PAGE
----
In an age before sat-nav, internet, email and mobile phones – and in an age when women hardly ever traveled alone to adventurous countries – Elspeth Elspeth achieved something that is still remarkable today. In 1982, Beard embarked on a two-year solo journey that would take her around the world on her beloved motorbike – the first British woman to do so. From the outback of Australia to the mountains of Nepal, Beard has traveled through some fascinating places. The great stories behind these places and her achievement as a solo rider have been turned into a brilliant book, Lone Rider, in 2017.
In October 1982, Beard shipped her beloved BMW to New York and arrived at Heathrow with a tent and a few belongings. “I was very nervous but I was also excited and felt a tingle of freedom.” When she arrived in New York, she got on her motorbike and rode to Canada, then south to Mexico and back north to Los Angeles.
“Traveling in those days was so different,” she said. “There was no internet and no satellite navigation. It was a real adventure. I didn’t know where I would be staying that night or where I could eat or buy petrol. I would plan my route two or three days ahead and hope for the best. It was thrilling and I finally felt free.”
After traveling thousands of miles across the United States, Beard shipped her bike from Los Angeles to Sydney, where she spent eleven months working as an architect, before motorcycling across Australia. In Townsville, Queensland, she had an accident which left her hospitalized for two weeks.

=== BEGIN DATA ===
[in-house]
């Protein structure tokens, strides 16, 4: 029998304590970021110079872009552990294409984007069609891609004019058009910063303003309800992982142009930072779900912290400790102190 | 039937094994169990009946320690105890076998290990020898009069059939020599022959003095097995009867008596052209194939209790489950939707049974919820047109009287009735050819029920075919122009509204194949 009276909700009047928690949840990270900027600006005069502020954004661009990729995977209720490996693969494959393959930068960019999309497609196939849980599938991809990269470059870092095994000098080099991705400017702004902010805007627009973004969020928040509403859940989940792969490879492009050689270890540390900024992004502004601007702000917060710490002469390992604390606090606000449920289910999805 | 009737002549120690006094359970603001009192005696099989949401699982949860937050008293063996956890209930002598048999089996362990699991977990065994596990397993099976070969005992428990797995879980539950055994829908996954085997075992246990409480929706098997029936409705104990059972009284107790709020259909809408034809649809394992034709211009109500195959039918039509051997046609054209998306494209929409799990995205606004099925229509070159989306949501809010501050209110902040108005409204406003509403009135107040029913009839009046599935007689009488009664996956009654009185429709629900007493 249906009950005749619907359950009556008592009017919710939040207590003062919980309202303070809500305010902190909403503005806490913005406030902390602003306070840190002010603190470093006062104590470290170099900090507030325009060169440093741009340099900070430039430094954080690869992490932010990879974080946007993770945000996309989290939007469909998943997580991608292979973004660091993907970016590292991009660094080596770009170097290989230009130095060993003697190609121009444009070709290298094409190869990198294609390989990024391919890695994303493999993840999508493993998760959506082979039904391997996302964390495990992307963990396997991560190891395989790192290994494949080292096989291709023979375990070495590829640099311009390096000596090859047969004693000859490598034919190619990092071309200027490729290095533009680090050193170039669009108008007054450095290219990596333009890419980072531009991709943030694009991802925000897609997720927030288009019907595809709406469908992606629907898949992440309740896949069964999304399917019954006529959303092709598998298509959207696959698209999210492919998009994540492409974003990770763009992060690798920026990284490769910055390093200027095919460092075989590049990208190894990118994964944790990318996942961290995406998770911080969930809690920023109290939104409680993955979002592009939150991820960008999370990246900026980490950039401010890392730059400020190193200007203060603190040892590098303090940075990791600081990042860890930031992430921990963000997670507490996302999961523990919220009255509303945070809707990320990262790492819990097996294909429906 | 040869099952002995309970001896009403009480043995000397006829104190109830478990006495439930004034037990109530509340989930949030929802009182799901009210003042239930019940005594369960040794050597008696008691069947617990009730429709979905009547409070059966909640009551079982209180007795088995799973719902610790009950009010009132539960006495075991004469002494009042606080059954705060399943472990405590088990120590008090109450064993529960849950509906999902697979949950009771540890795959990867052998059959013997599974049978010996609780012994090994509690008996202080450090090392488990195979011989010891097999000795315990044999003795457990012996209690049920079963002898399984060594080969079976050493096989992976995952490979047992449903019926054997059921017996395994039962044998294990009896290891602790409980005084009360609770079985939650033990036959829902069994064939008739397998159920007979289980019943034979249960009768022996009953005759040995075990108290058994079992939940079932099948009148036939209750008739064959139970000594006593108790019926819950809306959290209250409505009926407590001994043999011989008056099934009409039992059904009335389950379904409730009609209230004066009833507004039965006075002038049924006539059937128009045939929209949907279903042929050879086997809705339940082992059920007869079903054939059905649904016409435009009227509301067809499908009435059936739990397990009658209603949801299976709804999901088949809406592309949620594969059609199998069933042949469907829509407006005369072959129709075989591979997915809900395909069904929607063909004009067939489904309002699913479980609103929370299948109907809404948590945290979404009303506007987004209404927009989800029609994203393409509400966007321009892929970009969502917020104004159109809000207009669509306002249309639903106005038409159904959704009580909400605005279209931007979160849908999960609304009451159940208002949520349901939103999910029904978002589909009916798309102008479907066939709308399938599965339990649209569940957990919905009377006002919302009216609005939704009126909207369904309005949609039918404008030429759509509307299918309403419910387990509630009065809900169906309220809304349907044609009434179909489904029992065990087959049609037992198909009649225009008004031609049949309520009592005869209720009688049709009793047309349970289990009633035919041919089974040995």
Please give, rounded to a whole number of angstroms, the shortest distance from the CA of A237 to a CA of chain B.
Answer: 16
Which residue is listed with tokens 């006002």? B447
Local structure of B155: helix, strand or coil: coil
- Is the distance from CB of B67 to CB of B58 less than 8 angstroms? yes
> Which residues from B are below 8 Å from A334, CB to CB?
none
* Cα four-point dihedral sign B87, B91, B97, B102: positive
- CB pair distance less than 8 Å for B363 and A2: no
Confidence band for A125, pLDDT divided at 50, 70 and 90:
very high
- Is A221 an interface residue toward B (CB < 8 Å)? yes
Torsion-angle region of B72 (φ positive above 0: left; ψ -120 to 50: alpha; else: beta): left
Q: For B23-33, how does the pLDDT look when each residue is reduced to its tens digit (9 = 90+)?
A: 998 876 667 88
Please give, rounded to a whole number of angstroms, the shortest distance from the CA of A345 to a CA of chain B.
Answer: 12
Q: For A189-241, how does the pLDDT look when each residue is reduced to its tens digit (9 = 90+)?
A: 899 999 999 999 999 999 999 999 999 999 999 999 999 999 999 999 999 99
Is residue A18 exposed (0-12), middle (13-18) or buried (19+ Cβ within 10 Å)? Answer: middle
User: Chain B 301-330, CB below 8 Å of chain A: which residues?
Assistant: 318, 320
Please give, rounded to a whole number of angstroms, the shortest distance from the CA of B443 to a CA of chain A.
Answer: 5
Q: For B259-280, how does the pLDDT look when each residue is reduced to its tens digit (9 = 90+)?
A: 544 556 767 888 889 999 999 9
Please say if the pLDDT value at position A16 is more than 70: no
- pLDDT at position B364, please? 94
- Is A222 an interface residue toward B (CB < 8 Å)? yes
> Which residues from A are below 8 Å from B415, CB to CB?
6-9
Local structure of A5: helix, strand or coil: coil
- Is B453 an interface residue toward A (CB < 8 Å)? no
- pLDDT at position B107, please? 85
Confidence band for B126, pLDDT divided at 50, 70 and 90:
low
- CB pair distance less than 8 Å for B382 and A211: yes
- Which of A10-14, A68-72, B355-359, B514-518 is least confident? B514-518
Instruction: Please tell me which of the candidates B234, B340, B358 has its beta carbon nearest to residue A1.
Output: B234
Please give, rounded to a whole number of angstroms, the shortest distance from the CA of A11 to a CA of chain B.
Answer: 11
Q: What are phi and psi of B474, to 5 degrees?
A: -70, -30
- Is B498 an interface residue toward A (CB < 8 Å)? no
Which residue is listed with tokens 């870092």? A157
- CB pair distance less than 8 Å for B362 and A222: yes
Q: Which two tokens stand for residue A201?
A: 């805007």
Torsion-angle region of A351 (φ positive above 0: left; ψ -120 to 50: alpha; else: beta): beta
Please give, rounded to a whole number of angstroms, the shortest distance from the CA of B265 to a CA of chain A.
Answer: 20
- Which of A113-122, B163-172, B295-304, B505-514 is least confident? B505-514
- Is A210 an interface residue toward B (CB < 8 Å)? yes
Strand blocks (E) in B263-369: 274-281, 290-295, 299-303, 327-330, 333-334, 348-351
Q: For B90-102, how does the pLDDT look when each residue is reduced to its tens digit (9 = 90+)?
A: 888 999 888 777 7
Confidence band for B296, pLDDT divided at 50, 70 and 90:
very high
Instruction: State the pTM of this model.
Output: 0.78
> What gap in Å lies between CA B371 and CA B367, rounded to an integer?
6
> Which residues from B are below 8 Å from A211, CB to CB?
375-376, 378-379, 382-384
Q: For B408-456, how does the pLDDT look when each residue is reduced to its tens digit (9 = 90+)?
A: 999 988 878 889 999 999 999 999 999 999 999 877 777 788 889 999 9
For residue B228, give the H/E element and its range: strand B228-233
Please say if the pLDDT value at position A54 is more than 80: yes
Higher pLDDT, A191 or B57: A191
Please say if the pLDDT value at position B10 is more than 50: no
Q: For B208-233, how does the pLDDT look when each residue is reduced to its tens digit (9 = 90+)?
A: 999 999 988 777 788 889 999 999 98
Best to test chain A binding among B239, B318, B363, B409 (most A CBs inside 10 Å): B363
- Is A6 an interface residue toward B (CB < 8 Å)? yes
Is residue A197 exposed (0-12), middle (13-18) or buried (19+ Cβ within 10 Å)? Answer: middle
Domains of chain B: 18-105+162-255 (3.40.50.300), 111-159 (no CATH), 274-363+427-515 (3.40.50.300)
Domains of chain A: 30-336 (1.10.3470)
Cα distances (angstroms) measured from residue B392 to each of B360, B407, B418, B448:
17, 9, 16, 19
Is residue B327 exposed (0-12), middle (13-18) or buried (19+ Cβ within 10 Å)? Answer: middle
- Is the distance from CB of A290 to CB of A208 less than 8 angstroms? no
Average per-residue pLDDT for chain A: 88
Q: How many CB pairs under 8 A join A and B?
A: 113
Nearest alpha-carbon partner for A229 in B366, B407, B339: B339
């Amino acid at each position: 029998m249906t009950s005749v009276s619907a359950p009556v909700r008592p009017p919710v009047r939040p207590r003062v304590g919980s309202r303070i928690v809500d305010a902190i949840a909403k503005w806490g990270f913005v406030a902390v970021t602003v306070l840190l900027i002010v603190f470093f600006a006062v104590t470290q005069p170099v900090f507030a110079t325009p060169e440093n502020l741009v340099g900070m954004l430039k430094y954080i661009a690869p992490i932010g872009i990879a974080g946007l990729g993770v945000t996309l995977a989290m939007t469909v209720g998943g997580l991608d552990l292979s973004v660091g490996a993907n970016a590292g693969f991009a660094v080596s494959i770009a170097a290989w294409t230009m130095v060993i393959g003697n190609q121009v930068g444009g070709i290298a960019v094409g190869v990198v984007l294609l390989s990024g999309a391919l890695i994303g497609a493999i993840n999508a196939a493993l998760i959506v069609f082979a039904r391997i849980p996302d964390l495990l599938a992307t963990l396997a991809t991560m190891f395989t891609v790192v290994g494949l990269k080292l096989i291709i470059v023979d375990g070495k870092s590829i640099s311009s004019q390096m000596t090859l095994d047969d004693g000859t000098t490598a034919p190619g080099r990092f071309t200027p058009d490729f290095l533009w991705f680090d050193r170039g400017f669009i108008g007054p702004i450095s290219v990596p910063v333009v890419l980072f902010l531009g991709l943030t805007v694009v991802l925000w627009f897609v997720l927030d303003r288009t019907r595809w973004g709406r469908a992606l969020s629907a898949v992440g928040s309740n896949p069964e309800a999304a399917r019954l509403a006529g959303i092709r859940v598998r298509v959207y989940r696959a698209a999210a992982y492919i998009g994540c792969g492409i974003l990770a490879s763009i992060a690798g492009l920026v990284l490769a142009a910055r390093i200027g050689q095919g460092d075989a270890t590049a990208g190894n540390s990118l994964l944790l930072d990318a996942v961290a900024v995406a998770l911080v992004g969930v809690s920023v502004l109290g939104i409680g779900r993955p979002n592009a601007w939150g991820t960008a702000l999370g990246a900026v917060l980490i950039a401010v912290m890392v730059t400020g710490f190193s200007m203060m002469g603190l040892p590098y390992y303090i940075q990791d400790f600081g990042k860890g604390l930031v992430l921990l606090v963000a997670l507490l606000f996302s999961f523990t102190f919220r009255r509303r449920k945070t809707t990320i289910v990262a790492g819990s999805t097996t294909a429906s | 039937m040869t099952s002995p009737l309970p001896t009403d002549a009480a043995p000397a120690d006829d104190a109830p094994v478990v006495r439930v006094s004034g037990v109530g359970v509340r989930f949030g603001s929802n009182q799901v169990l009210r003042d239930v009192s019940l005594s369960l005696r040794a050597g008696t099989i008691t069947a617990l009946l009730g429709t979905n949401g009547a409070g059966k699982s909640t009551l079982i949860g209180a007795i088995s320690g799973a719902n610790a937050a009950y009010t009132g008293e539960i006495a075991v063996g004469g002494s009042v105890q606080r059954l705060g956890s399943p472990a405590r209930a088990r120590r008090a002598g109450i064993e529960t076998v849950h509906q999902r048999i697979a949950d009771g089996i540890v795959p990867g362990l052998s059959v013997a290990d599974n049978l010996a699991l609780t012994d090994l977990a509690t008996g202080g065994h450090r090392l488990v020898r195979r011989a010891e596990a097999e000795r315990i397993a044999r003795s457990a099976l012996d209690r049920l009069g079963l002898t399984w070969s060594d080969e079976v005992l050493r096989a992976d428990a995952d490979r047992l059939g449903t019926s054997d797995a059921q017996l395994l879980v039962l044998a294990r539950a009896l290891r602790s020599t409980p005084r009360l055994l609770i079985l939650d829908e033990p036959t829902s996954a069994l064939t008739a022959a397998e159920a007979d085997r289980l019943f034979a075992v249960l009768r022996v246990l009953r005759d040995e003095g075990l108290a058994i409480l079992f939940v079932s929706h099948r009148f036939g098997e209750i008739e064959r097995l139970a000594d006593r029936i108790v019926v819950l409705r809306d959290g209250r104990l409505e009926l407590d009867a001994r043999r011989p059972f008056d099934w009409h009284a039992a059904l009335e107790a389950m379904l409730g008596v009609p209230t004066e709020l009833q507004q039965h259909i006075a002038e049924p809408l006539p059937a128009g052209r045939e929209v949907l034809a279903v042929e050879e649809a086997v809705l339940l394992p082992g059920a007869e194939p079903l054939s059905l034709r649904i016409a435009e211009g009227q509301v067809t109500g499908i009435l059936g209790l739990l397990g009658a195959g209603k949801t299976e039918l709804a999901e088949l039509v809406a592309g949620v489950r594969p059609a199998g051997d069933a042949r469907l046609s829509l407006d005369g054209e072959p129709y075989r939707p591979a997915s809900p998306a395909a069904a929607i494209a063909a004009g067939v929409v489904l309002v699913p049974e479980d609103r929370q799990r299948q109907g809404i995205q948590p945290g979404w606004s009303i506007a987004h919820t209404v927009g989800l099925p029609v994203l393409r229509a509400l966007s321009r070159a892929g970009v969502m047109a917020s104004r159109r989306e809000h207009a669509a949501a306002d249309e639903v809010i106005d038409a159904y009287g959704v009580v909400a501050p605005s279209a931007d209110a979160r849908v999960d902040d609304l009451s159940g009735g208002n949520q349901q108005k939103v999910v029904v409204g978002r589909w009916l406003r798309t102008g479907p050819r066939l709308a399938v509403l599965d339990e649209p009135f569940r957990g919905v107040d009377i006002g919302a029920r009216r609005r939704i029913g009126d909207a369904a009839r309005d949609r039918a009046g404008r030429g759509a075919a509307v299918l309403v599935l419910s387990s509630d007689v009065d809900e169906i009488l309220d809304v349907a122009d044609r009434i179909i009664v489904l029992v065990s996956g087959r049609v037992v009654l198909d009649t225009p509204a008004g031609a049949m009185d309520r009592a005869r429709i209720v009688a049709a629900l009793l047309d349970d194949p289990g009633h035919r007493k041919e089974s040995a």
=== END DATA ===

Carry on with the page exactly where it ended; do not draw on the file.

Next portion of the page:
“I was traveling with two people I’d met on the way,” she told Express. “We were riding through the outback and my front wheel sank into a pothole. The bike cartwheeled and I flew through the air. I landed on my head and have no memory of the accident. All I remember is waking up in hospital feeling confused and frightened.”
If her traveling companions hadn’t been with her, Elspeth would have died. However, she was determined to carry on. “I did everything I could to minimize the risk but you can’t do a trip like that without expecting to have a few accidents.”
Beard carried on riding to Perth, and she shipped her bike to Singapore, before traveling through Bali, Java and Sumatra, Malaysia and Thailand.
In Singapore, she spent 6 weeks replacing important documents and gear after they were all stolen. In Thailand, she collided with a dog, and recuperated staying with a local family; the family fed her the remains of the dog that she had crashed into.
From Thailand, Beard rode to India, traveled to Pakistan and Iran, then through Turkey and back into mainland Europe before arriving back in London in November, 1984.
More than 30 years on, Elspeth believes her epic adventure made her into the person she is today. “The trip completely changed my life and made me the person I am now. It taught me there was nothing I couldn’t cope with and there wasn’t a problem I couldn’t solve. Now I would never take no for an answer. It has given me an inner strength and confidence to tackle anything.”
When she returned, Elspeth finished her architecture qualification and now has her own firm near her home in Guildford, Surrey. But she still hits the road as often as she can. “Now I have a collection of bikes and still love to ride. And I still have my trusty BMW. It’s like an old friend.”